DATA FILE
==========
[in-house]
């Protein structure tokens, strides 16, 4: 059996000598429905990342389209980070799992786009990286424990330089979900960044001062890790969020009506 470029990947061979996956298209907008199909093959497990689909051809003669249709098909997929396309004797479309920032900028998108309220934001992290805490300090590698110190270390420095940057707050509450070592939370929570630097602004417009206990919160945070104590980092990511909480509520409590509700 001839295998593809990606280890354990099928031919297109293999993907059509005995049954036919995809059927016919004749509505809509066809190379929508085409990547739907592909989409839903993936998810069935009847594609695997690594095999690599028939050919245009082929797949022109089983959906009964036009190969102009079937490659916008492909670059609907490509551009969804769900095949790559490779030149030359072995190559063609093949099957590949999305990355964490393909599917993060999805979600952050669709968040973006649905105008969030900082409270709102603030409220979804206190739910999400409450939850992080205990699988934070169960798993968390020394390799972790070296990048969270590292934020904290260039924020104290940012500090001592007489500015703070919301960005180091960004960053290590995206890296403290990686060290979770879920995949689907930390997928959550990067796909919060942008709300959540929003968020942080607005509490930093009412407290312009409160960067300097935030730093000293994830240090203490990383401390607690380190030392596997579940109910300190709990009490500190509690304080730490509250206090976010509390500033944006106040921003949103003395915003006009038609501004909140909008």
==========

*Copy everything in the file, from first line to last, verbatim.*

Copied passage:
[in-house]
């Protein structure tokens, strides 16, 4: 059996000598429905990342389209980070799992786009990286424990330089979900960044001062890790969020009506 470029990947061979996956298209907008199909093959497990689909051809003669249709098909997929396309004797479309920032900028998108309220934001992290805490300090590698110190270390420095940057707050509450070592939370929570630097602004417009206990919160945070104590980092990511909480509520409590509700 001839295998593809990606280890354990099928031919297109293999993907059509005995049954036919995809059927016919004749509505809509066809190379929508085409990547739907592909989409839903993936998810069935009847594609695997690594095999690599028939050919245009082929797949022109089983959906009964036009190969102009079937490659916008492909670059609907490509551009969804769900095949790559490779030149030359072995190559063609093949099957590949999305990355964490393909599917993060999805979600952050669709968040973006649905105008969030900082409270709102603030409220979804206190739910999400409450939850992080205990699988934070169960798993968390020394390799972790070296990048969270590292934020904290260039924020104290940012500090001592007489500015703070919301960005180091960004960053290590995206890296403290990686060290979770879920995949689907930390997928959550990067796909919060942008709300959540929003968020942080607005509490930093009412407290312009409160960067300097935030730093000293994830240090203490990383401390607690380190030392596997579940109910300190709990009490500190509690304080730490509250206090976010509390500033944006106040921003949103003395915003006009038609501004909140909008």